# Cleaning out Clean My Mac

I just got a notification on my computer from Clean My Mac 2, a utility I bought as part of the recent MacHeist nanoBundle. I have nothing against CMM2—it does a fine job of scanning my disk and finding files that might be good to delete—but I don’t want it nagging me to do so. So I went searching for how that notification was sent.

I didn’t have to look far. The natural place for scheduled, periodic tasks to live is in your ~/Library/LaunchAgents folder. And that’s exactly where I found a couple of Launch Agent plist files from CMM2.

A quick review of the plist file shows that the scheduled scan is set to run on the 12th and 19th of the month. I installed CMM2 late last month, so it’s not surprising that today was the first day I saw the notification.

I didn’t want to delete the plist files (they might be useful later), but I did want to stop them, so I ran

launchctl unload -w ~/Library/LaunchAgents/com.macpaw.CleanMyMac2Helper.scheduledScan.plist


and

launchctl unload -w ~/Library/LaunchAgents/com.macpaw.CleanMyMac2Helper.trashWatcher.plist


from the Terminal. Running the launchctl command to look for other MacPaw processes

launchctl list | grep macpaw


showed that there was still a CMM2 Helper process running, so I opened Activity Monitor and killed it.

I suppose I could’ve edited the plist files to add a Disabled key, but I find running launchctl easier. I’m always worried that I’ll add an item at the wrong nesting level when I edit XML files.

I’m not going to rant against MacPaw for installing processes without telling me, because it’s entirely possible it did tell me and I didn’t pay attention. Either way, I shouldn’t get that unwanted notification again.

## 5 Responses to “Cleaning out Clean My Mac”

1. Travis Hulsey says:

There is a tab in Clean My Mac 2’s preferences for Scheduling tasks — you may uncheck the box that says “Remind me about regular maintenance.” There’s a pull-down there that defaults to every two weeks.

I have a feeling if you don’t uncheck this that you may have to deal with this again at some point.

2. Claude says:

You may look at this: “This tool makes use of Automatic Folder Actions in order to create a very basic but effective way of monitoring the addition of new launch objects to standard locations. In case a new object is placed in one of the monitored directories, a pop-up informs the user about the change, who then has in turn to decide if the change was legitimate or not. The new version is also monitoring locations where plug-ins are installed, for instance for common Internet browsers.”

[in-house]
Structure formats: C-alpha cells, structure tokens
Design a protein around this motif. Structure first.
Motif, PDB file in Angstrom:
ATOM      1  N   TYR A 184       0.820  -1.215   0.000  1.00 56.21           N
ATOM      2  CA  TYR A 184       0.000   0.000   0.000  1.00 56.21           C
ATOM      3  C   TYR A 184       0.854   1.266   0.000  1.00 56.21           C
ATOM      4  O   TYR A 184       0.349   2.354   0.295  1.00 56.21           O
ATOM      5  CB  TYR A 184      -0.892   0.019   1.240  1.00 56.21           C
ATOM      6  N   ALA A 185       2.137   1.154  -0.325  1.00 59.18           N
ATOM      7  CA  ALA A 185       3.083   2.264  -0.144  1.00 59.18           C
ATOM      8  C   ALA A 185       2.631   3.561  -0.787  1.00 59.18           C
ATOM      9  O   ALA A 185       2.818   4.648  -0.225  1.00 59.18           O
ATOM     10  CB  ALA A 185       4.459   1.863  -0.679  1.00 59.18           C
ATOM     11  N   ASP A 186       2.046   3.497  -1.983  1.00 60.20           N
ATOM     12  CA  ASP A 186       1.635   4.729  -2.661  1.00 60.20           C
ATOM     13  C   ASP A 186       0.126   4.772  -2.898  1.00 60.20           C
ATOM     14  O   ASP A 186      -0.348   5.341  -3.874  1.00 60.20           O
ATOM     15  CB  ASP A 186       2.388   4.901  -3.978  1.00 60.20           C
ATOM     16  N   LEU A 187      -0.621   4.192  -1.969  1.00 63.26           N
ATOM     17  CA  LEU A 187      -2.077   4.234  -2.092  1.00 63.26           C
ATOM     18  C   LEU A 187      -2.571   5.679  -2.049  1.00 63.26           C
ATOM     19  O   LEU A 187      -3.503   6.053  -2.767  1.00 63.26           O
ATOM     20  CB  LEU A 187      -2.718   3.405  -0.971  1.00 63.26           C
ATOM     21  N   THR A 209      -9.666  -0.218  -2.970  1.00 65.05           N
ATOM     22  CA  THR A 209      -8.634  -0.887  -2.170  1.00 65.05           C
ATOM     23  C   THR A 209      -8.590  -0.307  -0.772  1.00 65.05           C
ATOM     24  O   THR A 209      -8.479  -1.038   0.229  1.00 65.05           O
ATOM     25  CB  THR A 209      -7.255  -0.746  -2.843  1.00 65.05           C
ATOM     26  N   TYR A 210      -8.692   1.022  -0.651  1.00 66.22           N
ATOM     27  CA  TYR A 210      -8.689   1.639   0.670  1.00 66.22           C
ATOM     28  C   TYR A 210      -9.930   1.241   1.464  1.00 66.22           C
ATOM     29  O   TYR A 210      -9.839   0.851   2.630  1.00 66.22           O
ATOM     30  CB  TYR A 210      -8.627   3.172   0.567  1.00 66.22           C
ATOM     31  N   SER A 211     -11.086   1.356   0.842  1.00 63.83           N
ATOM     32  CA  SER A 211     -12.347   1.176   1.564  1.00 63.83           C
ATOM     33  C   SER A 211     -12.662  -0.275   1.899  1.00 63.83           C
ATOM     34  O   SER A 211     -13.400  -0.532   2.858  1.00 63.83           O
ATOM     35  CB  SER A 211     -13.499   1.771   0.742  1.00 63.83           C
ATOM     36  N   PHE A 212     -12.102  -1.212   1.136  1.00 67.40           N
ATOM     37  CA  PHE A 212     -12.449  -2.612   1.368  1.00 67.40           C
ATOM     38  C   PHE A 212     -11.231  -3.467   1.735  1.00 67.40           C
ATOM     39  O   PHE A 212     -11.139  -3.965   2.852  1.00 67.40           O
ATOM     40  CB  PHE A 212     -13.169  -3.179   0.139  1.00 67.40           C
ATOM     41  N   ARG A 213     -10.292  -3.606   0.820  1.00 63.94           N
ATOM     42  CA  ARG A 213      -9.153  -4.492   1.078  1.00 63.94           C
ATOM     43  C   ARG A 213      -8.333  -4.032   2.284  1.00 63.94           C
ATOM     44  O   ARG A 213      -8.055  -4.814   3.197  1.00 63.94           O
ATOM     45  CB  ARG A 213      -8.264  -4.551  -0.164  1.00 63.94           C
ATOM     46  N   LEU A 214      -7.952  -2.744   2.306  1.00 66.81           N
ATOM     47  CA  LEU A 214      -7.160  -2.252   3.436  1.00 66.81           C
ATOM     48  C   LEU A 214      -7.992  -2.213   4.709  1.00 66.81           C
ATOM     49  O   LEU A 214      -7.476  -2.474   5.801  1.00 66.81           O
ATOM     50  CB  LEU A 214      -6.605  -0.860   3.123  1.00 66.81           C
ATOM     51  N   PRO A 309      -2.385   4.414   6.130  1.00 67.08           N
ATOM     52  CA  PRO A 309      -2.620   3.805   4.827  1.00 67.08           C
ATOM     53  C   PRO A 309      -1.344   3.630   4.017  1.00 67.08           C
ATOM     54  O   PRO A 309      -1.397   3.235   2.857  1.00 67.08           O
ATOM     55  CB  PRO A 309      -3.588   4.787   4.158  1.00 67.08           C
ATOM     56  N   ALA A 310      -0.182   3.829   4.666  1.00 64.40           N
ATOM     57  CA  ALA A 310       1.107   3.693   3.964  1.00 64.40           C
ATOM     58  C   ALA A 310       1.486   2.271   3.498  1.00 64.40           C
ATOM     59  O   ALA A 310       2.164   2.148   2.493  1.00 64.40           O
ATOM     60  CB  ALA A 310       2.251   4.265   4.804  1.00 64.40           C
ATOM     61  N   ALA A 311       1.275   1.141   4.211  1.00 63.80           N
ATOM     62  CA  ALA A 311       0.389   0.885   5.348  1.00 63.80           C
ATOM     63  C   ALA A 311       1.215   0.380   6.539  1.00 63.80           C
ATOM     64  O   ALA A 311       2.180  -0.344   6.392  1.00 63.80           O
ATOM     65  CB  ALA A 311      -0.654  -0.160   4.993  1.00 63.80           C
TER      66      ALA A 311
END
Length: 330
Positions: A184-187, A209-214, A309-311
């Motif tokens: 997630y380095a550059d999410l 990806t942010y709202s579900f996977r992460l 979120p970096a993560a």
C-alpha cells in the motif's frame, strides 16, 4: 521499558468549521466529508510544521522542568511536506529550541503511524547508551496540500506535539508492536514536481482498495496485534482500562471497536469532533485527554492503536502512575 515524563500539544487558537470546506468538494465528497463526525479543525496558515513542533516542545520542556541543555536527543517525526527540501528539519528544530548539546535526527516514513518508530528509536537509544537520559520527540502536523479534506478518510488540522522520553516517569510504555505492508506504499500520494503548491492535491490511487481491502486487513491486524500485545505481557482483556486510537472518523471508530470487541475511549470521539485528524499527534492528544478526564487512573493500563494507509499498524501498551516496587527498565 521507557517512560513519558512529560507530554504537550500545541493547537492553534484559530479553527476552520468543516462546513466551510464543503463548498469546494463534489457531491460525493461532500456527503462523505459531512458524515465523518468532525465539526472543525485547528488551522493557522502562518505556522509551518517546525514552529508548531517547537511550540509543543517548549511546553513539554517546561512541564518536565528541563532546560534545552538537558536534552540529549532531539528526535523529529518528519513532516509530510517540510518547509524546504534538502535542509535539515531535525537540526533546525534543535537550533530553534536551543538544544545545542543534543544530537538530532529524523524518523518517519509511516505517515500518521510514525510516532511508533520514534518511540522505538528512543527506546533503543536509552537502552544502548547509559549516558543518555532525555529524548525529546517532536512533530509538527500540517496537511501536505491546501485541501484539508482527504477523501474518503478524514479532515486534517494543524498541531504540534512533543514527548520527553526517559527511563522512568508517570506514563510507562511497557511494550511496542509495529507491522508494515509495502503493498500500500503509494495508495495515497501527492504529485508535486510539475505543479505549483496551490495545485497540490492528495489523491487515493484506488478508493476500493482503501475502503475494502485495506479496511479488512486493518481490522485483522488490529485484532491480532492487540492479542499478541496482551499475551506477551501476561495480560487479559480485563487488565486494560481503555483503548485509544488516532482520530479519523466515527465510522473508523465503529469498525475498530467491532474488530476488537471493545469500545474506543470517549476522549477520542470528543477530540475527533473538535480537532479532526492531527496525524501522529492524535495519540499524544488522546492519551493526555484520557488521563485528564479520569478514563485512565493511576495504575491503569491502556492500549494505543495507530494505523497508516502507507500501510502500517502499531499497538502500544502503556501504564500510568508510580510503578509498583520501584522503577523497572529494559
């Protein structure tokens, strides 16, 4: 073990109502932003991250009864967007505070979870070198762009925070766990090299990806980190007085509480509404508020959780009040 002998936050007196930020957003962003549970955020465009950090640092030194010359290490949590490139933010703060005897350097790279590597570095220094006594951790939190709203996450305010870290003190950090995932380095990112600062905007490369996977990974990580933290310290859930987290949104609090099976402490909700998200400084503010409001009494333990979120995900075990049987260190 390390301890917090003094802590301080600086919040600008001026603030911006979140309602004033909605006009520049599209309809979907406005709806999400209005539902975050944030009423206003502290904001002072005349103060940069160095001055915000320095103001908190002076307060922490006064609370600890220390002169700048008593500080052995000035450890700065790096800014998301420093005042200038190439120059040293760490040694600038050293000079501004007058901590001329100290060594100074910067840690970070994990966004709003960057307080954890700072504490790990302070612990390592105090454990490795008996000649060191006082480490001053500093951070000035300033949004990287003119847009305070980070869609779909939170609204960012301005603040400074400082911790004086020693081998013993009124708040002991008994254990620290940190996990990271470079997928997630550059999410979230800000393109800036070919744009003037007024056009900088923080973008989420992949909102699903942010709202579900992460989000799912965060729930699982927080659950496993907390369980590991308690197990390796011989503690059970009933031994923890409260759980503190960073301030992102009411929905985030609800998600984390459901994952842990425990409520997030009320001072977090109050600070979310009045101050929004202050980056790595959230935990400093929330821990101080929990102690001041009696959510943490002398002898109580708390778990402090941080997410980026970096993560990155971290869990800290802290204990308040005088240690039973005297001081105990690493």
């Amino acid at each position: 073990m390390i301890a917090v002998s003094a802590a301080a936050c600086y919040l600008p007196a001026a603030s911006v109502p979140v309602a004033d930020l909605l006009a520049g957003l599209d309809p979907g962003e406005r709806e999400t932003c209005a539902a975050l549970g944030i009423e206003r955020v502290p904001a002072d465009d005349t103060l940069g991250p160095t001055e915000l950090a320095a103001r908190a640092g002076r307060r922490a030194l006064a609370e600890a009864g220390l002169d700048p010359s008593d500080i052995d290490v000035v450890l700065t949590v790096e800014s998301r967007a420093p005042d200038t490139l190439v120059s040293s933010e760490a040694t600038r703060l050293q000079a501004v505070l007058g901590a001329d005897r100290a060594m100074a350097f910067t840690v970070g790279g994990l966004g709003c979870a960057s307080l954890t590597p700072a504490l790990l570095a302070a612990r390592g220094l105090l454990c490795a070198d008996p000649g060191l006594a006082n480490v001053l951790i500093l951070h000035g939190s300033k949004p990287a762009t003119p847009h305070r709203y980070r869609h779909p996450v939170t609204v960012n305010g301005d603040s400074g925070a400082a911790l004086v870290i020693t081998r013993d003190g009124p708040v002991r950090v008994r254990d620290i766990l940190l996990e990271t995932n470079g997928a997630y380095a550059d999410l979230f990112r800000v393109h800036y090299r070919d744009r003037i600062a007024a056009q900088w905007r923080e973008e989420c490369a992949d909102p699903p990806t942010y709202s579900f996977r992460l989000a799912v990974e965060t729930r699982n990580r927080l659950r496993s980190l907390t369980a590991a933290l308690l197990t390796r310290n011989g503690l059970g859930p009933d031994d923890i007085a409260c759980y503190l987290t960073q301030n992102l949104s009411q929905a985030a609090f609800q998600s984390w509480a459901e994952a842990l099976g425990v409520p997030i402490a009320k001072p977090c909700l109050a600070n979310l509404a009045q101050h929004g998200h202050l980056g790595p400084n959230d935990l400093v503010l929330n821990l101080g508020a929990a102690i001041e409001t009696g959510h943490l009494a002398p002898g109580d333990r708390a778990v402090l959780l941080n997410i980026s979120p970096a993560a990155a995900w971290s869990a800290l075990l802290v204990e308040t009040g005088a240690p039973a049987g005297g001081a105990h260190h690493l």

I have it installed in my Utilities folder since about a year and it’s very effective.

And yeah, CleanMyMac don’t tell you about LaunchAgents.

3. Thomas says:

Thanks for the reminder, just checked and adjusted the list. And Claude’s suggestion is added to my to-do list for Hazel :)

May be of help, if anyone’s looking for that and, like me, doesn’t use that functionality often enough to learn the syntax (or just want to have some GUI and a handy list): For dealing with Agents, I’ve been relying on Lingon for several years: http://sourceforge.net/projects/lingon/files/Lingon/2.1.1/ Four years later, that version still works like a charm. Literally saved my day once or twice when some helpers went rogue. And fun to play with Adobe et al.

See the discussion on http://www.macupdate.com/app/mac/19879/lingon why Lingon 3 is much less useful due to limitations required by the App Store (which are quite understandable from Apple’s perspective I guess).

4. Travis,
I suspect you’re right and that CMM2 will reset its Launch Agents the next time I run it—unless I use your handy tip to turn that feature off. Thanks!

Claude,
That is a nice utility, but there’s some irony in adding a process to prevent the addition of processes.

Thomas,
I’m a longtime Lingon user and would’ve used it here if I wanted to change the scheduling of the processes. But since I just wanted them turned off, I felt it was quicker to just use launchctl.

5. Chris Jones says:

I use Hazel to show a notification when any new LauchAgent or similar plist is added to my mac. I used ConsultantCanary to find the relevant user/system folders to watch.